• Doubling plates are used in the loaded areas where the shock bolts to the arm to handle the increased load being placed through the shock attachment points versus the conventional stock spring location.
  • The sway bar mounting plate adds support to the ball joint area.
  • Straps are used around the bushing housings, strengthening the housing to the tube.
  • Spherical bearing
  • Steering bump stops are standard
  • Standard ball joints are used so they can be serviced anywhere.
  • bump stops
  • No squeaks No noise
  • Has the correct height so all you have to do is bolt it on
  • Works with dropped spindles
  • pre-assembled
  • Grease fitting
Watch the product overview video above for more information.

http://www.globalwest.netimpala-biscayne-caprice-bel-air-front-lower-control-arms-coilover-1965-1966-1967-1968-1969-1970-glob.html
$673.85
1965, 1966, 1967, 1968, 1969, 1970 Impala, Biscayne, Caprice and Bel Air Tubular Lower Control Arm for Coilover Global West Suspension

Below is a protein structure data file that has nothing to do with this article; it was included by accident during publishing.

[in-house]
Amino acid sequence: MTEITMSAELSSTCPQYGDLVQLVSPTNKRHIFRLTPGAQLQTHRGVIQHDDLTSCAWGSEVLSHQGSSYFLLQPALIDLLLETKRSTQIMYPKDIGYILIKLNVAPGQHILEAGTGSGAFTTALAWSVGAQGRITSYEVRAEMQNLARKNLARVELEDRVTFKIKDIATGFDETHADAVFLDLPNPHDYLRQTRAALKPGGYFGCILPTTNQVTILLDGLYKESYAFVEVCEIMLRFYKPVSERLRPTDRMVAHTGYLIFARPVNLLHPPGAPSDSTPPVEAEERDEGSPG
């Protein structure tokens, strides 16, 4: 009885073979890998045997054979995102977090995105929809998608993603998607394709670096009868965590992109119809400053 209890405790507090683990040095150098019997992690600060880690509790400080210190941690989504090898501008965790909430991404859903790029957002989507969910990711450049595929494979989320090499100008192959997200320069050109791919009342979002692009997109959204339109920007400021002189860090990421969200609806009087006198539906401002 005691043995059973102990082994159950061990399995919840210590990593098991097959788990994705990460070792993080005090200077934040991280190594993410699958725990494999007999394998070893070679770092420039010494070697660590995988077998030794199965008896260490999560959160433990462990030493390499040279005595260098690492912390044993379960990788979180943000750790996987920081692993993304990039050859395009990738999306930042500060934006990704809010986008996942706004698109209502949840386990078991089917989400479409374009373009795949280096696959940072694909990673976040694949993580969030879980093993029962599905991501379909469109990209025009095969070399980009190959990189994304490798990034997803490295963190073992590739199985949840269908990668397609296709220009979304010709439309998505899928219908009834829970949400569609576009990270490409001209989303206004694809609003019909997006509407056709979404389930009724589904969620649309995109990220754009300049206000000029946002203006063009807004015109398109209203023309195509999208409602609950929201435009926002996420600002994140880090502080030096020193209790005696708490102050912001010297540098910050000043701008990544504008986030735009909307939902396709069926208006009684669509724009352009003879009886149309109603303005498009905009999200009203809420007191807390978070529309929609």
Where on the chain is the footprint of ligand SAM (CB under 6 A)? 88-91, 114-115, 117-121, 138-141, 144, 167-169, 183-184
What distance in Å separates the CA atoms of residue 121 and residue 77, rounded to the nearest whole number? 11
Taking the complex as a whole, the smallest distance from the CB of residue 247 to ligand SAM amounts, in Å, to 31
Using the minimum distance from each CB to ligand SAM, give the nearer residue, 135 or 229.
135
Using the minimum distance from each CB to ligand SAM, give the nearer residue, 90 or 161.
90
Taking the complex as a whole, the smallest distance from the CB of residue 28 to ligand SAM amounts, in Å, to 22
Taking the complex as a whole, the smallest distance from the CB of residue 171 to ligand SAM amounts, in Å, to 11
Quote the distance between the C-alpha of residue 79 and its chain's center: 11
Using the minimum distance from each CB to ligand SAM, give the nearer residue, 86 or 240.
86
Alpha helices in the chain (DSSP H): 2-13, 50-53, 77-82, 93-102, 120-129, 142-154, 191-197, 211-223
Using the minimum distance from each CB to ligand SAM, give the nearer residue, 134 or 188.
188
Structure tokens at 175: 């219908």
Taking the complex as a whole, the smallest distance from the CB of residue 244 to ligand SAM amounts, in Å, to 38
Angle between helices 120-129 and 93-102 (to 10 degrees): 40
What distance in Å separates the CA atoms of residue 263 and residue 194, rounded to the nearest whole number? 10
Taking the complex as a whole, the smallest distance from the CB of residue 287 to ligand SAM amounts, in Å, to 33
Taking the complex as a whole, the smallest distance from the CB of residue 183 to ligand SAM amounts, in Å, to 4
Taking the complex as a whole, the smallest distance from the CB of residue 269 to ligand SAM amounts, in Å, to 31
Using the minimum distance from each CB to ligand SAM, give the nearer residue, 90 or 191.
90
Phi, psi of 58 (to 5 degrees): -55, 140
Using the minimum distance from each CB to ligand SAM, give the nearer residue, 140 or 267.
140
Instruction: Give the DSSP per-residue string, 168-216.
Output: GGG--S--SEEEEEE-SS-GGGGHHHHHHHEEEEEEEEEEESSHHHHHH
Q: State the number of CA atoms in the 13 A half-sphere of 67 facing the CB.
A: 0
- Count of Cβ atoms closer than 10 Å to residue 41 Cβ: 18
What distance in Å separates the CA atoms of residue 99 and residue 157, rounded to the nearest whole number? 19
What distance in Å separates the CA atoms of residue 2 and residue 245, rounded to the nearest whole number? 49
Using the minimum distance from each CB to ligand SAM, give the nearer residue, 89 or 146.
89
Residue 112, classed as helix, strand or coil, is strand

1965, 1966, 1967, 1968, 1969, 1970 Impala, Biscayne, Caprice and Bel Air Tubular Lower Control Arm for Coilover Global West SuspensionCoil spring pocket
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Global West Suspension manufactures front lower control arms (coilover) for the 1965, 1966, 1967, 1968, 1969, and 1970 Impala, Biscayne, Bel-Air and Caprice.

Global West's coilover tubular lower arms allow QA-1, Afco, and Air Ride technology components to bolt directly on. We took a good look at the stock lower arm and the installation of a coilover kit in place of the standard spring, which installs on the top of the control arm, not from underneath.

We felt we needed a control arm specifically designed to handle the load of a coilover application. The design of the lower arm would also clean up the appearance showing off the coilover kit.

When to use Coilover or Stock:

The lower control arms are designed to support a standard shock and spring combination. In many cases, keeping the stock shock and spring configuration gives you more travel for lift than a coilover.